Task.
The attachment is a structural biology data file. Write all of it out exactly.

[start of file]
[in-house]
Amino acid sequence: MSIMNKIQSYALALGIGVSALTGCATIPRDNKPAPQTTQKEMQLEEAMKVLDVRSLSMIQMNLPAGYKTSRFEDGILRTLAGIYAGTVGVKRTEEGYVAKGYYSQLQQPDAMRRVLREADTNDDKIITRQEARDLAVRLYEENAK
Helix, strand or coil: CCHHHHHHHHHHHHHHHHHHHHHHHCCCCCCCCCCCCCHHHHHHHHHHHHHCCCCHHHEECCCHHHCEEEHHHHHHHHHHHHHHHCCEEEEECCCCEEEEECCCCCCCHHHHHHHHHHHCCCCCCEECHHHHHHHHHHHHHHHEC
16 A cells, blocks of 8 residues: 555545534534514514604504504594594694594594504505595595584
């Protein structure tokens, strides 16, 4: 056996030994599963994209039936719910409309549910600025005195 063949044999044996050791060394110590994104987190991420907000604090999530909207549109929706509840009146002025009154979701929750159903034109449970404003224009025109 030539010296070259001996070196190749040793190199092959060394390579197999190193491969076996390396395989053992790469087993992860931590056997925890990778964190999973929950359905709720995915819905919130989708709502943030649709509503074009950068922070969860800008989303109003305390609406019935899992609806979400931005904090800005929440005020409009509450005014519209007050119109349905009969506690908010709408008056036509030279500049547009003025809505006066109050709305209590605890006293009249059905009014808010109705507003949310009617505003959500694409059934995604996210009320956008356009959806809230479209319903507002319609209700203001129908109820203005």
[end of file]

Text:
[in-house]
Amino acid sequence: MSIMNKIQSYALALGIGVSALTGCATIPRDNKPAPQTTQKEMQLEEAMKVLDVRSLSMIQMNLPAGYKTSRFEDGILRTLAGIYAGTVGVKRTEEGYVAKGYYSQLQQPDAMRRVLREADTNDDKIITRQEARDLAVRLYEENAK
Helix, strand or coil: CCHHHHHHHHHHHHHHHHHHHHHHHCCCCCCCCCCCCCHHHHHHHHHHHHHCCCCHHHEECCCHHHCEEEHHHHHHHHHHHHHHHCCEEEEECCCCEEEEECCCCCCCHHHHHHHHHHHCCCCCCEECHHHHHHHHHHHHHHHEC
16 A cells, blocks of 8 residues: 555545534534514514604504504594594694594594504505595595584
């Protein structure tokens, strides 16, 4: 056996030994599963994209039936719910409309549910600025005195 063949044999044996050791060394110590994104987190991420907000604090999530909207549109929706509840009146002025009154979701929750159903034109449970404003224009025109 030539010296070259001996070196190749040793190199092959060394390579197999190193491969076996390396395989053992790469087993992860931590056997925890990778964190999973929950359905709720995915819905919130989708709502943030649709509503074009950068922070969860800008989303109003305390609406019935899992609806979400931005904090800005929440005020409009509450005014519209007050119109349905009969506690908010709408008056036509030279500049547009003025809505006066109050709305209590605890006293009249059905009014808010109705507003949310009617505003959500694409059934995604996210009320956008356009959806809230479209319903507002319609209700203001129908109820203005």